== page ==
Parts by weight of
Shore 00 hardness
Comparative Examples 1 and 2 illustrate that a dimensionally unstable gel mass is obtained when an attempt is made to obtain a low gel hardness (Shore 00<40) by reducing the isocyanate index.
Although the invention has been described in detail in the foregoing for the purpose of illustration, it is to be understood that such detail is solely for that purpose and that variations can be made therein by those skilled in the art without departing from the spirit and scope of the invention except as it may be limited by the claims.
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|U.S. Classification||528/59, 528/60, 560/25, 252/182.21, 521/159, 528/81, 560/160, 528/77, 521/171, 560/26, 560/158, 252/182.26, 521/172|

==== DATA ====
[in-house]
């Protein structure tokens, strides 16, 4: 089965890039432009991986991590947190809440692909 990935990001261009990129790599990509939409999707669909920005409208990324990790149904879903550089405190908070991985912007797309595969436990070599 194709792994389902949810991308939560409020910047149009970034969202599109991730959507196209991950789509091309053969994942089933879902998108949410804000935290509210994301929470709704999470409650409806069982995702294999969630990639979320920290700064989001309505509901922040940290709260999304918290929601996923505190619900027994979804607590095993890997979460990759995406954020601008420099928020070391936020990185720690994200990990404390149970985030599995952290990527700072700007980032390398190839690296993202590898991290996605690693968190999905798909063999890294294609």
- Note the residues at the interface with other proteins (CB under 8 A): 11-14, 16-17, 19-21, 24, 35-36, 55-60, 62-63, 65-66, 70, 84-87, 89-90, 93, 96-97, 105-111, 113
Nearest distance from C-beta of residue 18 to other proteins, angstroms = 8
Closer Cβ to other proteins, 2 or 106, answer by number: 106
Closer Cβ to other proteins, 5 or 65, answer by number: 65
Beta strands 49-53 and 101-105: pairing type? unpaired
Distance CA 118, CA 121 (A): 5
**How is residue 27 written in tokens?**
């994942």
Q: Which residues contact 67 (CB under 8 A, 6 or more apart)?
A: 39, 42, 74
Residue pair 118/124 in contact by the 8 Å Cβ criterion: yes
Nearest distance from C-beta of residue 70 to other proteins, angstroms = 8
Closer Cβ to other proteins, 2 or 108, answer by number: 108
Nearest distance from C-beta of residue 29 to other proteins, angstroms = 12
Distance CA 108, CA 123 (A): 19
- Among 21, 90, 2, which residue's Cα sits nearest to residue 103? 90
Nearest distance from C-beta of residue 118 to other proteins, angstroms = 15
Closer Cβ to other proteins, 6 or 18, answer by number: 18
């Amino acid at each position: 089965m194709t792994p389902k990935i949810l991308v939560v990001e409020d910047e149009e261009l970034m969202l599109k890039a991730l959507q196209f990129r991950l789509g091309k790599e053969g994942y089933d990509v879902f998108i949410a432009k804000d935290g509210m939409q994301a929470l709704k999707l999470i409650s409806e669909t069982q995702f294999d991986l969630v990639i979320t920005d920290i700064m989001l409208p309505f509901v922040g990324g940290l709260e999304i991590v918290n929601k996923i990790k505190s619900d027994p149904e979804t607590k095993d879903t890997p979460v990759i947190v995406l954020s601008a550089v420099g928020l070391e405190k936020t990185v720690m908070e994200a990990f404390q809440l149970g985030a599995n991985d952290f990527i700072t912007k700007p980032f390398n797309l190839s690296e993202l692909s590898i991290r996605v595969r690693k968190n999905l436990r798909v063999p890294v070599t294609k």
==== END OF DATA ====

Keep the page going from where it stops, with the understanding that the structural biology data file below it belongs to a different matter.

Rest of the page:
|Cooperative Classification||C08G18/283, C08G18/10, C08G18/227, C08G2220/00|
|European Classification||C08G18/22L, C08G18/10, C08G18/28D5F|
|Sep 7, 2006||AS||Assignment|
Owner name: BAYER MATERIALSCIENCE AG, GERMANY
Free format text: ASSIGNMENT OF ASSIGNORS INTEREST;ASSIGNORS:HOFFMANN, ANDREAS;EBERT, HEINZ-DIETER;REEL/FRAME:018273/0802
Effective date: 20060810
|Jan 12, 2011||AS||Assignment|
Owner name: TECHNOGEL GMBH, ITALY
Free format text: ASSIGNMENT OF ASSIGNORS INTEREST;ASSIGNOR:TECHNOGEL ITALIA S.R.L.;REEL/FRAME:025623/0063
Effective date: 20110105
Owner name: TECHNOGEL ITALIA S.R.L., ITALY
Free format text: ASSIGNMENT OF ASSIGNORS INTEREST;ASSIGNOR:BAYER MATERIALSCIENCE AG;REEL/FRAME:025623/0035
Effective date: 20110106
|May 12, 2011||AS||Assignment|
Owner name: TECHNOGEL GMBH, GERMANY
Free format text: ASSIGNMENT OF ASSIGNORS INTEREST;ASSIGNORS:HOFFMAN, ANDREAS;EBERT, HEINZ-DIETER;MASON, MATTEO;SIGNING DATES FROM 20110316 TO 20110426;REEL/FRAME:026267/0700
|Jan 26, 2016||FPAY||Fee payment|
Year of fee payment: 4